Two competitions have been announced by the British Society for the History of Mathematics.
The schools competition invites participants to “make a case for the most important/your favourite mathematician in the history of mathematics” by either writing an article or producing a video or multi-media project.
This competition is your chance to explore how mathematics has developed and achieved its status and who were the most important mathematicians in history who contributed to it. This year we would like you to concentrate on choosing one mathematician who has, in your opinion, been the most important person, your favourite, and to make the case for it – to explain his/her mathematics and to show their importance or what you think was special about it and them.
This is run with Plus Magazine and there are two categories for ages 11-15 and 16-19. The deadline for entries is 1st September 2019. Guidance, rules, etc. via BSHM Schools Plus Competition.
The Undergraduate Essay Competition invites essays on any topic in history of mathematics of no more than 2500 words in length and is open to people enrolled as undergraduates in UK and Irish universities in academic year 2018/19. The deadline is 21st June 2019. Guidance, rules, etc. via BSHM Undergraduate Essay Prize.
Maths legend Colin Wright posed this question on Twitter:
It led to a flurry of interesting replies, and here’s some of them.
Hello. I’m Colin Beveridge and I’m stealing Christian’s round-up introduction, since we’ve had a handful of links of teaching and learning sent our way. Let’s get this show on the road!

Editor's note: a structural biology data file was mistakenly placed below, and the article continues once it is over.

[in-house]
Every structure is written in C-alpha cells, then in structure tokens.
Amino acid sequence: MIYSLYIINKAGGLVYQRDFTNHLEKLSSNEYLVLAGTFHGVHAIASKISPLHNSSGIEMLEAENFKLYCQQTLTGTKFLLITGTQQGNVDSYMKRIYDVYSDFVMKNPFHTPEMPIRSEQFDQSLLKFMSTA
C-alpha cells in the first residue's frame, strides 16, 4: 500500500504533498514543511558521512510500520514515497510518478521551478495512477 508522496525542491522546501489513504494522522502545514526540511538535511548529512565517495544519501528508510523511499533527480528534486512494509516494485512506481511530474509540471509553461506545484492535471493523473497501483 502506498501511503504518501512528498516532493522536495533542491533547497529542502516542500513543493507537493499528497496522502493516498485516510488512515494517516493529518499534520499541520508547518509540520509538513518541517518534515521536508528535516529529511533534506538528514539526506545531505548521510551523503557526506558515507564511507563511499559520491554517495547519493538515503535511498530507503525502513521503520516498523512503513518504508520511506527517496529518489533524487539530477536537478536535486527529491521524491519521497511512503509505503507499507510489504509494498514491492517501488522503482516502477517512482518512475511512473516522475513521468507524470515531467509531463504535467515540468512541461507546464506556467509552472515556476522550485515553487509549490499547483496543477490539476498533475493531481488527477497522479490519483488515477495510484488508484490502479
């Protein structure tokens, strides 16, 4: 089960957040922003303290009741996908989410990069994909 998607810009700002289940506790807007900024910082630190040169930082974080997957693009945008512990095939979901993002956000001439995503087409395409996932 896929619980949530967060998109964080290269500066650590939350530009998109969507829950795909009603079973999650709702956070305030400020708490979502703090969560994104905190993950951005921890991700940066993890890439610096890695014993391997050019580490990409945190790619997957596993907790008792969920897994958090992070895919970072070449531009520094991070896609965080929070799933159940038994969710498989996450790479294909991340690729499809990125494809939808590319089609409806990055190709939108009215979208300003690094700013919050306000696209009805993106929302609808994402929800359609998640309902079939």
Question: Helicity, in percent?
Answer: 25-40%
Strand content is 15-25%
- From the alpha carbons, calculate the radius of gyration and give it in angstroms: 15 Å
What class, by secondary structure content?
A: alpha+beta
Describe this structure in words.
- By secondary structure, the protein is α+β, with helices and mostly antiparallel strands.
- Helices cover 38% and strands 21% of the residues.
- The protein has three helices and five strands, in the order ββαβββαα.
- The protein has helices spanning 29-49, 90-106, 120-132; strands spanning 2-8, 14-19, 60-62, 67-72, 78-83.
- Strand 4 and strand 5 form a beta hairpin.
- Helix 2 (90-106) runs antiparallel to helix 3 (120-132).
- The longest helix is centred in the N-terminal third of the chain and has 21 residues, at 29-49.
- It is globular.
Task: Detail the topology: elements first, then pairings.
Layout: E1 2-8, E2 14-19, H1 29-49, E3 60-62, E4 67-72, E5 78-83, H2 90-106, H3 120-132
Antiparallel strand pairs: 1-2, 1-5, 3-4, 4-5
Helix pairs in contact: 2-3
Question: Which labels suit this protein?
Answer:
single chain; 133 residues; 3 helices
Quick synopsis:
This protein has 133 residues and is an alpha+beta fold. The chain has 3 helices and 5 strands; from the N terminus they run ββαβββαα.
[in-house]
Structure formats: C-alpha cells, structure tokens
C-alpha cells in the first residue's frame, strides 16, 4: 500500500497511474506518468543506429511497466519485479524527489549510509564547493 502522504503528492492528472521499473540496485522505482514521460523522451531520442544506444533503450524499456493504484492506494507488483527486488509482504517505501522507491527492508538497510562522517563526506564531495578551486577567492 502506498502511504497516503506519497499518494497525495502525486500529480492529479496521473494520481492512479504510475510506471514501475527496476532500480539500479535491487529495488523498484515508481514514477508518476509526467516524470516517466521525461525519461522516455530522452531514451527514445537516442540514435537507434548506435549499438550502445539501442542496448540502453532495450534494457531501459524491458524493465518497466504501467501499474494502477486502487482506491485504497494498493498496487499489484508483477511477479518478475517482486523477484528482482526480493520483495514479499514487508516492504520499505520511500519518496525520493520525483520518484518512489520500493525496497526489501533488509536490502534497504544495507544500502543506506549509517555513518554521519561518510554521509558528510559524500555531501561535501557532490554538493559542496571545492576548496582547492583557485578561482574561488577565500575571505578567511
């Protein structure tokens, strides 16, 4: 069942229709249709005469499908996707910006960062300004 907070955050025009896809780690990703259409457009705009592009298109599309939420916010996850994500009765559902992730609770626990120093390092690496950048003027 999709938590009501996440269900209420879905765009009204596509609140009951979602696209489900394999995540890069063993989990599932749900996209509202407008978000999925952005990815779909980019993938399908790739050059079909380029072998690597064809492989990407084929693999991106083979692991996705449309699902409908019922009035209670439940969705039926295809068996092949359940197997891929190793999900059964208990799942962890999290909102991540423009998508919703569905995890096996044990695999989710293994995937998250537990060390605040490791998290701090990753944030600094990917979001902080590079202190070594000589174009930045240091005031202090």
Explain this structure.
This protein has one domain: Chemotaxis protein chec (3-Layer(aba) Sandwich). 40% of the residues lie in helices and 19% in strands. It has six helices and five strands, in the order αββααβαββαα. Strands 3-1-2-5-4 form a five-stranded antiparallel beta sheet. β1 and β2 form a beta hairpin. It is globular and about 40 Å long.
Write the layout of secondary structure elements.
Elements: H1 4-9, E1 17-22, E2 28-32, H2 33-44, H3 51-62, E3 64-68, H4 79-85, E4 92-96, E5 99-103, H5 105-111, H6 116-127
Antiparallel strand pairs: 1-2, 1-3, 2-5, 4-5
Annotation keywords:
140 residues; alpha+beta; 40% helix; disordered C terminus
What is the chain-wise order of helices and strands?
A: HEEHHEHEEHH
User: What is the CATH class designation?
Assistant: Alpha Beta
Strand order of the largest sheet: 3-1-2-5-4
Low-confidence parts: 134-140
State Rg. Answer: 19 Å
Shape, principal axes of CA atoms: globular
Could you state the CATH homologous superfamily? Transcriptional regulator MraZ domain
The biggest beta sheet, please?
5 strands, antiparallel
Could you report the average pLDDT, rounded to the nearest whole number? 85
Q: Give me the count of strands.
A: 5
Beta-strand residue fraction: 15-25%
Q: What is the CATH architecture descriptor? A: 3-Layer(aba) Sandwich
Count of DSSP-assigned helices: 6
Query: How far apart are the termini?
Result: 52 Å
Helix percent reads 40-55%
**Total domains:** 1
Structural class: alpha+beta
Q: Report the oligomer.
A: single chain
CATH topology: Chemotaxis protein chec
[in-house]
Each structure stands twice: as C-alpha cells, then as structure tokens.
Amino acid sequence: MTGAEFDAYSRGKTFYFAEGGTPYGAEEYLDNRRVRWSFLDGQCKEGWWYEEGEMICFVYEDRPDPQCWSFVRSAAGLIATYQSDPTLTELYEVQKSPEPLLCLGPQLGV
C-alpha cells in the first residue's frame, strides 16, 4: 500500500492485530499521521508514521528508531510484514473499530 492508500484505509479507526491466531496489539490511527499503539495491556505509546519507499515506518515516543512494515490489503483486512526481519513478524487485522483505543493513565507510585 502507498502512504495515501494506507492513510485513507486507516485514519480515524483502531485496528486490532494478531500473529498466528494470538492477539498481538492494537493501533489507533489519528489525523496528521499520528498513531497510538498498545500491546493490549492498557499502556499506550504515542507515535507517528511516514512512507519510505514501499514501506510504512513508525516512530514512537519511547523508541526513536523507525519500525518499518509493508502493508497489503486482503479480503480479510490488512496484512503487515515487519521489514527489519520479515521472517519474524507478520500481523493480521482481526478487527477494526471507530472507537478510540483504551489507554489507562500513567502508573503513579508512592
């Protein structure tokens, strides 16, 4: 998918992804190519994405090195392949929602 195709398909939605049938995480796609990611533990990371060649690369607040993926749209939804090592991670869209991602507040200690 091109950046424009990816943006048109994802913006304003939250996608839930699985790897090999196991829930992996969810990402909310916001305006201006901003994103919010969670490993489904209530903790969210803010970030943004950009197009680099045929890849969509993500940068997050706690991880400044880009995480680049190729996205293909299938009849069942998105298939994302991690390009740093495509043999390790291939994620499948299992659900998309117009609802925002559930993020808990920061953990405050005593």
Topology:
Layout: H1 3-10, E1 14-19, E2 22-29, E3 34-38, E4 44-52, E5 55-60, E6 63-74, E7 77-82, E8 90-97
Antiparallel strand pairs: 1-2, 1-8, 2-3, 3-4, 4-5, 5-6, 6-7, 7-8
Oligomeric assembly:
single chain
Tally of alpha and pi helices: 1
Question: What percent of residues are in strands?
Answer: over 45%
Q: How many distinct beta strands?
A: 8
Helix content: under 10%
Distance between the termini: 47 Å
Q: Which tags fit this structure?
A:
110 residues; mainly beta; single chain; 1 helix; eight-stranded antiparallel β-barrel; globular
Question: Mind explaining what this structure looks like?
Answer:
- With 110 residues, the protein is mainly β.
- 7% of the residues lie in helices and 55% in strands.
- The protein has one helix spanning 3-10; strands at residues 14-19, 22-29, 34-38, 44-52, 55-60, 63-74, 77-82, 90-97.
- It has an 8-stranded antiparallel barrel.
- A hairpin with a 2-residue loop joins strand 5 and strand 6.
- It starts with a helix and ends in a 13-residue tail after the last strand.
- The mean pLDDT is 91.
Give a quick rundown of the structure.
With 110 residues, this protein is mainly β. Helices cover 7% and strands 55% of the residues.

Plus Magazine tweeted to say that they’re showing the Travelling Salesman Movie chez eux in November. Tickets £7.50, 6.30pm on the 20th of November.
I thought we’d posted about the movie before but a search of the archives turned up nothing, so here’s the trailer:
If that looks like your cup of tea (or N-tea), you can book tickets at the University of Cambridge online store.
Travelling Salesman Movie official site
‘Travelling Salesman’, Tuesday 20 November 2012 at Plus Magazine
Apparently there’s a parallel Olympics taking place in series with the Olympics in London.
Having done such an excellent job so far this summer, the Millennium Mathematics Project is continuing its coverage from a mathematical angle, with the Plus Paralympic calendar and the special project Maths and Sport: Countdown to the Games. For example, John Barrow discovers when investigating the different speeds of races over different distances that wheelchair racing is “not just a wheel-based equivalent of Olympic racing” but is quite a different kettle of fish.
In what flipping dimension is a square peg in a round hole just as good as a round peg in a square hole?
Let’s start at the beginning.
My Plus magazine puzzle from March asks “Which gives a tighter fit: a square peg in a round hole or a round peg in a square hole?” By “tighter” we mean that a higher proportion of the hole is occupied by the peg.